Kelly Schnider plays Hedda as a sort of grownup Bad Seed, a sociopath who enjoys practicing cruelty to the point of destruction and death. Particularly in the first half, her Hedda is so lacking in redeeming characteristics, as well as so lacking in motivations for her actions, that I wondered why anyone would write a play about such a dull woman. Any sense of Hedda as a victim of society is lost in this production, and it is harder to accept that thesis in 1950s American (without denying the bland and conformist aspects of that period) than in 1890s Scandinavia. Schnider's characterization works best when Hedda's evil side is on naked display, as when she is terrorizing the innocent Thea (Michelle Hand); when she is merely rude, as she is with Aunt Julia (Donna Weinsting, who creates a sympathetic and well-rounded characterization), she is simply tedious and unattractive.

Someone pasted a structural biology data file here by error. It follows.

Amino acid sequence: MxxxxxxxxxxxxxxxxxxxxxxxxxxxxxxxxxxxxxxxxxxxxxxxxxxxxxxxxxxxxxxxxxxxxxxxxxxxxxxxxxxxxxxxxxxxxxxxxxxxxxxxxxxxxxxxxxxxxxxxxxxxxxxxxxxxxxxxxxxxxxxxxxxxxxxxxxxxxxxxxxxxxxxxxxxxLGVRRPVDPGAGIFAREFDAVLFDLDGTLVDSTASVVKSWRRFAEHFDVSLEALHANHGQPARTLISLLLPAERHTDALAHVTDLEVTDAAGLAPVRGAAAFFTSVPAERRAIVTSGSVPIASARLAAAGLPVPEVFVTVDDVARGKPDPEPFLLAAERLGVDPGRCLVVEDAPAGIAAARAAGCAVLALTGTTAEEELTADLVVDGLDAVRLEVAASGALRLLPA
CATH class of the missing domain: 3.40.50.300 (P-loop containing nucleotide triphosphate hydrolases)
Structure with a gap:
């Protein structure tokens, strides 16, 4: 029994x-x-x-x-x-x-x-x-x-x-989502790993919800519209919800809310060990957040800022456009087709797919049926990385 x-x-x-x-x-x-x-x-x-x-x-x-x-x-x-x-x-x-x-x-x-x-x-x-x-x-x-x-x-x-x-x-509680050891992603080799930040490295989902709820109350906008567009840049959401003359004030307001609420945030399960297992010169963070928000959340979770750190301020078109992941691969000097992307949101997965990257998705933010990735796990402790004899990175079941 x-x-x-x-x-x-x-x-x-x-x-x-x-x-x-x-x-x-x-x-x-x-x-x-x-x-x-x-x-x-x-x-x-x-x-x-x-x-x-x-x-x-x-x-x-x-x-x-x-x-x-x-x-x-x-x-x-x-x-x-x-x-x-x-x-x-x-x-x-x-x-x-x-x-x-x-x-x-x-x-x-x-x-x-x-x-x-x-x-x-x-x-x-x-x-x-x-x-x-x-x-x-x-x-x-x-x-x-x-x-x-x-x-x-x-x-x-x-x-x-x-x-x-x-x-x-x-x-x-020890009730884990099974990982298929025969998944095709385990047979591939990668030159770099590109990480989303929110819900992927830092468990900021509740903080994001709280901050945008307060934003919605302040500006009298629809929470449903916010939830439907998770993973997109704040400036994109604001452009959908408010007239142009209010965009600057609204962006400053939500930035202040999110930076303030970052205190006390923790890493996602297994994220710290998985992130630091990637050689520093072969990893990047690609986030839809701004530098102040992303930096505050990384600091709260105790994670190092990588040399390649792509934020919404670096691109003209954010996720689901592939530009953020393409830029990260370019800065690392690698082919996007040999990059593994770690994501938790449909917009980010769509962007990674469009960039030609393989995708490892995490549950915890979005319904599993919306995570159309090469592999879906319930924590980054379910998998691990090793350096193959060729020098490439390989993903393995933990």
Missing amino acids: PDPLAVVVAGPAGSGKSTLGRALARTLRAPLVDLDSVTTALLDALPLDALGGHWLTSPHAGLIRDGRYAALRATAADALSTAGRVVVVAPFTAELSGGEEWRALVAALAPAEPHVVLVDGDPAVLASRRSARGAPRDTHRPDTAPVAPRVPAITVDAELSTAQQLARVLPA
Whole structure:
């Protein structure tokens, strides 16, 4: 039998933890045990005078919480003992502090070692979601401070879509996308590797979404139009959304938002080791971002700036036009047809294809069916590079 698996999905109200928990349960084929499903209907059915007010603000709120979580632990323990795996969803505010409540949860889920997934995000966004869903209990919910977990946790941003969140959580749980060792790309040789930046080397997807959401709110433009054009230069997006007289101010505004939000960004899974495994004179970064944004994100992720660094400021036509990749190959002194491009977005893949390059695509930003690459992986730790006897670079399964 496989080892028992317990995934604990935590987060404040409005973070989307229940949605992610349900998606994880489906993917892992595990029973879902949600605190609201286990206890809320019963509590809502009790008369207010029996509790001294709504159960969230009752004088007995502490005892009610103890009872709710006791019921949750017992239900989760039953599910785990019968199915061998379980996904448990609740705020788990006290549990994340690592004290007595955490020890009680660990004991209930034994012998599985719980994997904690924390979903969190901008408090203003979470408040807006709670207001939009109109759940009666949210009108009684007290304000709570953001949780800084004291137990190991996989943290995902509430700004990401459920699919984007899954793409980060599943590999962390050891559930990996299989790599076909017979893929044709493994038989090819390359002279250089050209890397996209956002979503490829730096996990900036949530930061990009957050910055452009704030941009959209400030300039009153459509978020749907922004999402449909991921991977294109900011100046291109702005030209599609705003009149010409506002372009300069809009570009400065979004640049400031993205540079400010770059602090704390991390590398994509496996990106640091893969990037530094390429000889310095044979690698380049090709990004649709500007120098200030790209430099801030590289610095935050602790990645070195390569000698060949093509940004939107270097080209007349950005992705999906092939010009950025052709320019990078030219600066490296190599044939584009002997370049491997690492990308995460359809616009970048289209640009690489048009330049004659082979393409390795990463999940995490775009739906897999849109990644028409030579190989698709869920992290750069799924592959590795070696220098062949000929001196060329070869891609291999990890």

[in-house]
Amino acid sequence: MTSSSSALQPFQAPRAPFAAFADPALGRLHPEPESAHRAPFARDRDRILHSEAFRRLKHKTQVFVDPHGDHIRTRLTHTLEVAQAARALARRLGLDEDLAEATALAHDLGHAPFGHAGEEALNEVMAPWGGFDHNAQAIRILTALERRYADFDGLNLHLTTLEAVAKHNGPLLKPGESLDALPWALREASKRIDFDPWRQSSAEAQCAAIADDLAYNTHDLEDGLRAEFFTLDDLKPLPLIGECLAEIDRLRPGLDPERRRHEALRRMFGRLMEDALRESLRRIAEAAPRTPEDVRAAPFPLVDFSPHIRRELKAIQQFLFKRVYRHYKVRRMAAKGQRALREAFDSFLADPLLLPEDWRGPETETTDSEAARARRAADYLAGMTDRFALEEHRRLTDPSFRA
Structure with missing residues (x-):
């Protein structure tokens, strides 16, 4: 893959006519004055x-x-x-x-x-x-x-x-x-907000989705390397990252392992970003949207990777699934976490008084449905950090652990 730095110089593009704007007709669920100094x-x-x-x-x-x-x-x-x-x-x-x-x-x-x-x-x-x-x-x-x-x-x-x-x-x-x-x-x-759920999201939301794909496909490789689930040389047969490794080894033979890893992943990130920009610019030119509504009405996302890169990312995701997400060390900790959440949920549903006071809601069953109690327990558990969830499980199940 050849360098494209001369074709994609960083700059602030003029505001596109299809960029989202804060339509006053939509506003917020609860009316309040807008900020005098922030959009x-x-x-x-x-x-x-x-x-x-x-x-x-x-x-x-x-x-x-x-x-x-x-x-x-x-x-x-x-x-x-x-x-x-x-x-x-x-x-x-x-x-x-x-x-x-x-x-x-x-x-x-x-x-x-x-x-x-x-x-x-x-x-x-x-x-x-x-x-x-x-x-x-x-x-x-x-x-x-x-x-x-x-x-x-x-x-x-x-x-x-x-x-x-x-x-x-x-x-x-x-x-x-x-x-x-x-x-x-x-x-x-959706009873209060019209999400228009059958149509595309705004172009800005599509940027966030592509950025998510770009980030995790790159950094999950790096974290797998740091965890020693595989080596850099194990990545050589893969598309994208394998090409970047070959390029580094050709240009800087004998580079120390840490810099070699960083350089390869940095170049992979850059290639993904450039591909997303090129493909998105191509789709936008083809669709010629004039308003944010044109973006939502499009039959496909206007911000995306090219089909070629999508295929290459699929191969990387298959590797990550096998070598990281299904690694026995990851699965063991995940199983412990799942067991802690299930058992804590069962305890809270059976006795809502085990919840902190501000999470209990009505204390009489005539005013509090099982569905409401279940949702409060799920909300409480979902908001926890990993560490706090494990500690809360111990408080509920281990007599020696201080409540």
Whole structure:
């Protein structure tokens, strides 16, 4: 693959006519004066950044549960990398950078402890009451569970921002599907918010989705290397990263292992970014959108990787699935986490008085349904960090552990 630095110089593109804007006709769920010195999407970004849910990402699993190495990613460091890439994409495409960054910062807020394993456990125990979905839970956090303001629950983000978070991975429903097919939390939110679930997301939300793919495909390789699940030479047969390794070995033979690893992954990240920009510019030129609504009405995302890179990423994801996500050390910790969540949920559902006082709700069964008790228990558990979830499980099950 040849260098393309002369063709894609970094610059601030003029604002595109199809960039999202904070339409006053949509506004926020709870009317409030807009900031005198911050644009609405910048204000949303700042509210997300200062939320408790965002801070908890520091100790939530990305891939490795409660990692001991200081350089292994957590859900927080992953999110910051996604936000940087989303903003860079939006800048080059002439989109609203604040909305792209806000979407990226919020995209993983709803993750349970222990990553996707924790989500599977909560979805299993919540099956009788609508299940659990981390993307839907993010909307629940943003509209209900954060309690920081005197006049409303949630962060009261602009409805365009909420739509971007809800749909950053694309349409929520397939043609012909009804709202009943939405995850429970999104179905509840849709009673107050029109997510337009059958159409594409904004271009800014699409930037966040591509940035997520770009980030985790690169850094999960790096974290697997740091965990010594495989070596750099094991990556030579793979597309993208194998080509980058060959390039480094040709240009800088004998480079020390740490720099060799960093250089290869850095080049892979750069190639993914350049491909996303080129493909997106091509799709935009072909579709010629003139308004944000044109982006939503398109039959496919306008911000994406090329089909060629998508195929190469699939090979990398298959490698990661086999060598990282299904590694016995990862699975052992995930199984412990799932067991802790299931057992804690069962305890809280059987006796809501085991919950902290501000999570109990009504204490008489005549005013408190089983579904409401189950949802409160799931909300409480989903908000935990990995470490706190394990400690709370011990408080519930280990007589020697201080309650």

Charles Barron as Judge Brack creates a delightfully sly and insidious character who proves that he is Hedda's match and more when it comes to gaining advantage through exercise of his own evil talents. The production's most effective scenes involve these two, either in collaboration (as when they are making plans to cuckold Tesman) or in competition (as when Brack reveals information which he plans to use for blackmail).

Setting aside the first act performances, for the reason mentioned above, the other actors do a fine job fulfilling their roles. Terry Meddows plays George Tesman as an uninspired academic but a decent human blinded by infatuation with his glamorous wife, who basks in the adoration of his Aunt Julia and the family servant Berta (Sally Eaton). Michelle Hand as Thea strains credibility at times (was anyone ever that gullible?) but displays her considerable talents by portraying Thea's emotional growth over the course of the play. Aaron Benedict as Eilert Lovborg also becomes more convincing over the course of the play as the inspired genius with a self-destructive streak; however, his characterization is not aided by the fact that his voice and mannerisms frequently recall Truman Capote.